When you take your electronic devices to a recycling center, you have no idea what will happen to the devices when they are no longer in your hands. This is the reason you should think carefully about the data in your device.
Don’t forget to delete all personal information before recycling your electronic devices. Organizations like the Electronic Recycling Association promise 100% secure data destruction when you recycle through them.
ConsumerReports.org advises, “To make sure your personal data isn’t recoverable by reasonable means, do a secure wipe: This not only deletes your data but also overwrites the data a certain number of times, which makes the data much more difficult to retrieve.”
You can easily find the closest place for e-recycling on EPA.gov. Just navigate to the website and click on the link that says “where to donate or recycle.”
You could also perform a quick internet search using the terms “where to recycle electronics near me” or “recycle electronics in [CITY].” States like Illinois, Texas, New Jersey, Vermont, Minnesota, and others have websites with more information specific to the area.
The National Environment Agency is another reliable resource when it comes to recycling e-waste.
Some electronics retailers charge a handling fee when consumers purchase the product. This money pays for the cost of recycling the product at the end of its service life. Find out from the retailer where you buy your device about its recycling facilities so that you know what to do when your device needs to be recycled.
A paper published by the journal Renewable & Sustainable Energy Reviews predicts that the “volume of e-waste is expected to increase by an impressive three to five percent per year as consumers demand more and more ‘smart’ products.”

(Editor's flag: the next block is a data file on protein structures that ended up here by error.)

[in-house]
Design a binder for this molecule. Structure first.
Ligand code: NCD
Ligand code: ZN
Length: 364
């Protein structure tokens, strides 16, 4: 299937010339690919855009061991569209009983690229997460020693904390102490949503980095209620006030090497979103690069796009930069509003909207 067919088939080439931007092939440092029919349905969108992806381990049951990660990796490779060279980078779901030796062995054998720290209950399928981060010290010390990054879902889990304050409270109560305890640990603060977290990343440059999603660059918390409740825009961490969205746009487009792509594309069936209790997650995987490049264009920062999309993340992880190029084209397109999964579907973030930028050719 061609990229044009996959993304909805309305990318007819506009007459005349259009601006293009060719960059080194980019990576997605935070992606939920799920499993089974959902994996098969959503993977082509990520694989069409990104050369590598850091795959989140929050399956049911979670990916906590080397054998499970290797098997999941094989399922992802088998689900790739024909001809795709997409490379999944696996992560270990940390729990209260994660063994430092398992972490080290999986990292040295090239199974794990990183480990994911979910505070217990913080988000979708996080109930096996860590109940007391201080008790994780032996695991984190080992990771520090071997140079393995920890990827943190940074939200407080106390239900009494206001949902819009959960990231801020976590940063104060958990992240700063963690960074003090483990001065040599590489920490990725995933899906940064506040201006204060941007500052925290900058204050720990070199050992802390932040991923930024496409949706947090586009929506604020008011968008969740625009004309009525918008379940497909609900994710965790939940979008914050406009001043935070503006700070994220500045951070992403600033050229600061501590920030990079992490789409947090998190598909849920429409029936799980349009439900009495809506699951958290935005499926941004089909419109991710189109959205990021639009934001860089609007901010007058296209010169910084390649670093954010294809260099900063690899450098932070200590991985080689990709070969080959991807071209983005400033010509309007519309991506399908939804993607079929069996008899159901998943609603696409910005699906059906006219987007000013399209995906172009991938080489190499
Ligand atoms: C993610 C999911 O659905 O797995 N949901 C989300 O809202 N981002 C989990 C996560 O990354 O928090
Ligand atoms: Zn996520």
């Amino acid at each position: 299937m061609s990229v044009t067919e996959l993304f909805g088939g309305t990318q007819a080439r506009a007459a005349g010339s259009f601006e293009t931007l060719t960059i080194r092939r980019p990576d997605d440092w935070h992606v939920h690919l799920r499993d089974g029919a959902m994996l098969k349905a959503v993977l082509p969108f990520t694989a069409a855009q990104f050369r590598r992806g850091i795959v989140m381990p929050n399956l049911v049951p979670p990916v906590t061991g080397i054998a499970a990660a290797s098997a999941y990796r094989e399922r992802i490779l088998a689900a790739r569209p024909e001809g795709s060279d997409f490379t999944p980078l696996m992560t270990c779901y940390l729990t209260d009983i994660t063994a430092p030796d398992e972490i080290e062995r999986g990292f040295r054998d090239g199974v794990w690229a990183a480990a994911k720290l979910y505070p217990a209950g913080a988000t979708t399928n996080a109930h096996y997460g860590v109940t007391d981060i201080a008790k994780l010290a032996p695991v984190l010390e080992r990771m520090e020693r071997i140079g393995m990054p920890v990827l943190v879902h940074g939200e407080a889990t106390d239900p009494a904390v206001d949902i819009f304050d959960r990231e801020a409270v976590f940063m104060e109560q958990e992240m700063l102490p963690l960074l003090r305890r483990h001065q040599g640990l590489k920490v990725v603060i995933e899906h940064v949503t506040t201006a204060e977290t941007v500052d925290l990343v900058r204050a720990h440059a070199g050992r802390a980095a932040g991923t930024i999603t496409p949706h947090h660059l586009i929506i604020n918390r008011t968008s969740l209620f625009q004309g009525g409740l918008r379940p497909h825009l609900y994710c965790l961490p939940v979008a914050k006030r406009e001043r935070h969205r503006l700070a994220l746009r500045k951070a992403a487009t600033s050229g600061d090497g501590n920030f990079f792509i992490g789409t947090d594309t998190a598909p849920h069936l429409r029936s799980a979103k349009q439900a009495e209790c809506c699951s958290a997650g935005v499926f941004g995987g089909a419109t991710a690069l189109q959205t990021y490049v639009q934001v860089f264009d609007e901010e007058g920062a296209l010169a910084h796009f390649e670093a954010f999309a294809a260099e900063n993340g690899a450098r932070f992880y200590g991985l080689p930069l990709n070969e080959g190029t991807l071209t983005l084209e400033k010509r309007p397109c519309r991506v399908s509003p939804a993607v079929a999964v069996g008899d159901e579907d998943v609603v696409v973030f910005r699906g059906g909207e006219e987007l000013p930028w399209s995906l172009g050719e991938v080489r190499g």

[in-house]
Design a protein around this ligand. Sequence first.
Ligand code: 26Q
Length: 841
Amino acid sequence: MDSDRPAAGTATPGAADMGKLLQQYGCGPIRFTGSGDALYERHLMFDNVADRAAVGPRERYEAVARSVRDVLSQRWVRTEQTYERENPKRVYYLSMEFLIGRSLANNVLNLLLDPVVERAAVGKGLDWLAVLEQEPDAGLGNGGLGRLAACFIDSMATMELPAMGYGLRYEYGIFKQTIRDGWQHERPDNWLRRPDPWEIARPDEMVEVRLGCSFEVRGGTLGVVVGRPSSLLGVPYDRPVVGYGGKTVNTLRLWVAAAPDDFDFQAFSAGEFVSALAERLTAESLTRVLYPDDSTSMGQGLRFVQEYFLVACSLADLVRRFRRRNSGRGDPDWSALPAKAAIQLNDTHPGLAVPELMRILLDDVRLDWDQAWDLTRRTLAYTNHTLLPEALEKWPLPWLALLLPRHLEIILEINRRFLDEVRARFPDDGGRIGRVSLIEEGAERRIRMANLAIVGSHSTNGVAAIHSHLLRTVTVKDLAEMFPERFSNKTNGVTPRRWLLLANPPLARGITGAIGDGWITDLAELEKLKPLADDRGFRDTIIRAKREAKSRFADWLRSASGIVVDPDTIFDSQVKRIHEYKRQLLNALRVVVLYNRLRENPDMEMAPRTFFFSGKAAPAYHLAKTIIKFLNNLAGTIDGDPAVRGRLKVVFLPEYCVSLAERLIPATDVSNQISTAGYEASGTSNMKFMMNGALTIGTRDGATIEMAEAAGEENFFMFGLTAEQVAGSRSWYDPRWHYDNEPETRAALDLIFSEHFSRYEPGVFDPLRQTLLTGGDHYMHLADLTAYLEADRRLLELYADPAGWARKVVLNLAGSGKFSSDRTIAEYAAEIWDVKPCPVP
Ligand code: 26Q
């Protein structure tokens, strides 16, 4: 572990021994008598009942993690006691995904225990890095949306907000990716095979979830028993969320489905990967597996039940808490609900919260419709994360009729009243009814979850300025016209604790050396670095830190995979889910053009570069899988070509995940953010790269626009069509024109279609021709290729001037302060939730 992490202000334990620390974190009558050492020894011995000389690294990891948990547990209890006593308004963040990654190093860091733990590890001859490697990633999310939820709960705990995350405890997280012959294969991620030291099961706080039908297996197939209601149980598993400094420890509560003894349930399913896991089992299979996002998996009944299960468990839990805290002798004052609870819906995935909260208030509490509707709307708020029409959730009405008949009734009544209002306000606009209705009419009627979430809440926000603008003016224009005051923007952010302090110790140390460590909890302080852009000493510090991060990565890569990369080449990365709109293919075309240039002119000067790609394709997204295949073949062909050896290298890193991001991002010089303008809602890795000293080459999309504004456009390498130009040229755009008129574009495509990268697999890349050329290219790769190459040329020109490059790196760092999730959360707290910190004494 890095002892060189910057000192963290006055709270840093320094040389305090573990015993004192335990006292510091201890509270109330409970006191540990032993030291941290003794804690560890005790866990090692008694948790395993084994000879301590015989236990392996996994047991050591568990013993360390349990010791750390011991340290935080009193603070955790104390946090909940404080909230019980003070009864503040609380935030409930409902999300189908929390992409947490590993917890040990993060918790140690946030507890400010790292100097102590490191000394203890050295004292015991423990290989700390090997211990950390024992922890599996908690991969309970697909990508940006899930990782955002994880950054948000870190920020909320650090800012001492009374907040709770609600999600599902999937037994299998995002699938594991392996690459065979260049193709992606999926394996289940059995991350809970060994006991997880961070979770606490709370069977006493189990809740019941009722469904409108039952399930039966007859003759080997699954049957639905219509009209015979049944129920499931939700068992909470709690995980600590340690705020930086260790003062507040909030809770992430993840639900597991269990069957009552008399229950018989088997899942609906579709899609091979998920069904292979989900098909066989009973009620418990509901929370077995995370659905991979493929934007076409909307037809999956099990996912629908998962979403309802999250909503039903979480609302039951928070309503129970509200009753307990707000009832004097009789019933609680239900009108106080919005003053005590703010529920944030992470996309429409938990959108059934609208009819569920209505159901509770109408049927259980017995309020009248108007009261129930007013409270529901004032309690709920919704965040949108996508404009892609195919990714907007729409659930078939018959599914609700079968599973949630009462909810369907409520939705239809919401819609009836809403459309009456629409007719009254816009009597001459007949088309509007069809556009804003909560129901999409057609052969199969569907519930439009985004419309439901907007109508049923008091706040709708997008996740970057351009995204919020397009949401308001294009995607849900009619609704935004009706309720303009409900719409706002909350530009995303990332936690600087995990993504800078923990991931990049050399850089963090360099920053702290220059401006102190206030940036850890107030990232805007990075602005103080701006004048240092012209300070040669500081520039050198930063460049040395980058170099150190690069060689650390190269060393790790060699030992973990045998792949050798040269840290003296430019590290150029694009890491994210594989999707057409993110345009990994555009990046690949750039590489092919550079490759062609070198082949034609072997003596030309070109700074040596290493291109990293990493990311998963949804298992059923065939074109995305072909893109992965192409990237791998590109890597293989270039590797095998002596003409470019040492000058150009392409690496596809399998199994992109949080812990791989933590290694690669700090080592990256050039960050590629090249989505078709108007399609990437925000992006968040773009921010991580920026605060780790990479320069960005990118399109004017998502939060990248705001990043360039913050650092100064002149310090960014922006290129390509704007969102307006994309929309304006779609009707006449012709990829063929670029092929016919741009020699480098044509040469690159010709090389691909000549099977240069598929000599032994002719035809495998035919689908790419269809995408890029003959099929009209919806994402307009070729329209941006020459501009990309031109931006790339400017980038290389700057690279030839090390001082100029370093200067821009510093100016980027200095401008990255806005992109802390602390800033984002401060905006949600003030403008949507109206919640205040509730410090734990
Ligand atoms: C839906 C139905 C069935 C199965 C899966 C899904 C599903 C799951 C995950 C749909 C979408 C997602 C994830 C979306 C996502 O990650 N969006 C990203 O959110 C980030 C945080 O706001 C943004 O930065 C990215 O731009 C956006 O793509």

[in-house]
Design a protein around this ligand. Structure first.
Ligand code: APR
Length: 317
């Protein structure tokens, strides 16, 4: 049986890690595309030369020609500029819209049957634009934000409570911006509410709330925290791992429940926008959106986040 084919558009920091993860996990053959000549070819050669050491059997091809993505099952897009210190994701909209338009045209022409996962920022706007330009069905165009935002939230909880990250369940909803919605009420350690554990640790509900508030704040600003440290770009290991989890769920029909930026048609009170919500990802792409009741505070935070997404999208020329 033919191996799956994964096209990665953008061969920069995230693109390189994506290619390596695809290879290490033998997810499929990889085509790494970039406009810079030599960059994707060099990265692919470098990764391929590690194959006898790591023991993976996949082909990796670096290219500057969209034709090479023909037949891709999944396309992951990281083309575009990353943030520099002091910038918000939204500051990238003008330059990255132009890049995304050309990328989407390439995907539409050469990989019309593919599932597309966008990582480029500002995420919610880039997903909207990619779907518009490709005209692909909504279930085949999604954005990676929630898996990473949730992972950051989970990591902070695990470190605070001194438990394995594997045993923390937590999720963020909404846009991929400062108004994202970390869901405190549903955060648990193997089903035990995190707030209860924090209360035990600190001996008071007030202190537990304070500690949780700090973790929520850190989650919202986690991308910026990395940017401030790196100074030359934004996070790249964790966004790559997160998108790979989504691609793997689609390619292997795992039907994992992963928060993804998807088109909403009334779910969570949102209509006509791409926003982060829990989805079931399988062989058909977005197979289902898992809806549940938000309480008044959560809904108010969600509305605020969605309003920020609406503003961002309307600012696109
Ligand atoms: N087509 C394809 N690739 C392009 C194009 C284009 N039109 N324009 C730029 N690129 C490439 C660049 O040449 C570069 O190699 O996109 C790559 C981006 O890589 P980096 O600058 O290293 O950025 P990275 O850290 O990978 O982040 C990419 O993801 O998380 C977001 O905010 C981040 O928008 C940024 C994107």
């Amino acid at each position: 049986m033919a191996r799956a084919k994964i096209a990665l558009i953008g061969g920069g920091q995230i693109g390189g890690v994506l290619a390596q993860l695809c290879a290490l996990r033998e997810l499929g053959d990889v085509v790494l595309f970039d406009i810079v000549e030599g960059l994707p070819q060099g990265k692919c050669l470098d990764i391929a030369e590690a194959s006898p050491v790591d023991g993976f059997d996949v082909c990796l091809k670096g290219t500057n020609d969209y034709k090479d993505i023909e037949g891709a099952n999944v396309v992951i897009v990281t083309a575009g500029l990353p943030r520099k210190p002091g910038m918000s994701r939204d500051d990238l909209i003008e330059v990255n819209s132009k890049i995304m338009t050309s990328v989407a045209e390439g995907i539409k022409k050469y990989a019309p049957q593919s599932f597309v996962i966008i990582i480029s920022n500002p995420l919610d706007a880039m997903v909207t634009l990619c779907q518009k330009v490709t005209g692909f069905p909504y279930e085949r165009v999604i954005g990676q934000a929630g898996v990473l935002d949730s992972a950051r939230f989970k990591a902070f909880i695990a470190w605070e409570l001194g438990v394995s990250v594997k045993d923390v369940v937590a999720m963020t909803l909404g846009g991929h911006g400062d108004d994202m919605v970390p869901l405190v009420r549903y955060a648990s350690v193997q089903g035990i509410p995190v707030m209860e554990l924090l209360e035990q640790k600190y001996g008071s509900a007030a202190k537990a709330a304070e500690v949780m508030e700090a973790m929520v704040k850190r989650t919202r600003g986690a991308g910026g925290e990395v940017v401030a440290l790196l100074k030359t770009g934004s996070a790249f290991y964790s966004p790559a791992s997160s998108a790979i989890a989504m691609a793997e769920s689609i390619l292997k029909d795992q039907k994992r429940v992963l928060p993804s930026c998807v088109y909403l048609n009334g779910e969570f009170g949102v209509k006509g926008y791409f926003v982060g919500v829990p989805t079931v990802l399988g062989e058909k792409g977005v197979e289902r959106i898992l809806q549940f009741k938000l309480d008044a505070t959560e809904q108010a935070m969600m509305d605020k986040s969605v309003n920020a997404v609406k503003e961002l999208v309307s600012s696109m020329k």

From the above observation, it’s clear that we need to continue with making recycling of e-waste the norm. A world where e-waste is managed responsibly is possible if we are all prepared to make that extra effort.
● https://depositphotos.com/172334694/stock-photo-stack-of-old-broken-and.html (Potential featured image)
● https://depositphotos.com/249306738/stock-photo-smartphones-on-shelf-in-the.html (Relates to the section titled “Re-evaluating Purchases”)
● https://depositphotos.com/279239954/stock-photo-hand-dropping-old-damaged-smartphone.html (Relates to the section titled “How Are Old Electronics Recycled?”)
● https://depositphotos.com/374682240/stock-photo-responsible-business-office-donation-box.html (Relates to the section titled “Donating Old Electronics”)
Founder / Writer at Rantle East Electronic Trading Co.,Limited
I am Kevin Chen, I graduated from University of Electronic Science and Technology of China in 2000. I am an electrical and electronic engineer with 23 years of experience, in charge of writting content for ICRFQ. I am willing use my experiences to create reliable and necessary electronic information to help our readers. We welcome readers to engage with us on various topics related to electronics such as IC chips, Diode, Transistor, Module, Relay, opticalcoupler, Connectors etc. Please feel free to share your thoughts and questions on these subjects with us. We look forward to hearing from you!